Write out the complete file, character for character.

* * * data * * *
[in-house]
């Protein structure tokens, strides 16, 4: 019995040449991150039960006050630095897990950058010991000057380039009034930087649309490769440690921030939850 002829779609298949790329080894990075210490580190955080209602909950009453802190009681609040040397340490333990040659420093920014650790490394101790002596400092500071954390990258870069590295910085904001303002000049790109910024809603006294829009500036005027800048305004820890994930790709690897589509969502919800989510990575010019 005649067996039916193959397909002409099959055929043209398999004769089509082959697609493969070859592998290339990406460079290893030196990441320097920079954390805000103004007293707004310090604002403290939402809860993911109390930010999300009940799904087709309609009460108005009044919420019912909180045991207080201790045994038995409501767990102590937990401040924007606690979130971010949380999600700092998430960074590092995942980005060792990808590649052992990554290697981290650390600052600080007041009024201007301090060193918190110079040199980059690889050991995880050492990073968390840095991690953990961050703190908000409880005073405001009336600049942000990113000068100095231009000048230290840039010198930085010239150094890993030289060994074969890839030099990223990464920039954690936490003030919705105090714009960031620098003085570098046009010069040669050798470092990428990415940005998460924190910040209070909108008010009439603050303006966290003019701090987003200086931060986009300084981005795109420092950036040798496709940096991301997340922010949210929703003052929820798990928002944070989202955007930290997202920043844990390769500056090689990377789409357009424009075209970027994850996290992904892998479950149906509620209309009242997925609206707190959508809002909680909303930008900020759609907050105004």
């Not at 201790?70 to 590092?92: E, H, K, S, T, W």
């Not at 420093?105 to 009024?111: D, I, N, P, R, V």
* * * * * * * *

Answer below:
[in-house]
């Protein structure tokens, strides 16, 4: 019995040449991150039960006050630095897990950058010991000057380039009034930087649309490769440690921030939850 002829779609298949790329080894990075210490580190955080209602909950009453802190009681609040040397340490333990040659420093920014650790490394101790002596400092500071954390990258870069590295910085904001303002000049790109910024809603006294829009500036005027800048305004820890994930790709690897589509969502919800989510990575010019 005649067996039916193959397909002409099959055929043209398999004769089509082959697609493969070859592998290339990406460079290893030196990441320097920079954390805000103004007293707004310090604002403290939402809860993911109390930010999300009940799904087709309609009460108005009044919420019912909180045991207080201790045994038995409501767990102590937990401040924007606690979130971010949380999600700092998430960074590092995942980005060792990808590649052992990554290697981290650390600052600080007041009024201007301090060193918190110079040199980059690889050991995880050492990073968390840095991690953990961050703190908000409880005073405001009336600049942000990113000068100095231009000048230290840039010198930085010239150094890993030289060994074969890839030099990223990464920039954690936490003030919705105090714009960031620098003085570098046009010069040669050798470092990428990415940005998460924190910040209070909108008010009439603050303006966290003019701090987003200086931060986009300084981005795109420092950036040798496709940096991301997340922010949210929703003052929820798990928002944070989202955007930290997202920043844990390769500056090689990377789409357009424009075209970027994850996290992904892998479950149906509620209309009242997925609206707190959508809002909680909303930008900020759609907050105004």
């Not at 201790?70 to 590092?92: E, H, K, S, T, W």
């Not at 420093?105 to 009024?111: D, I, N, P, R, V």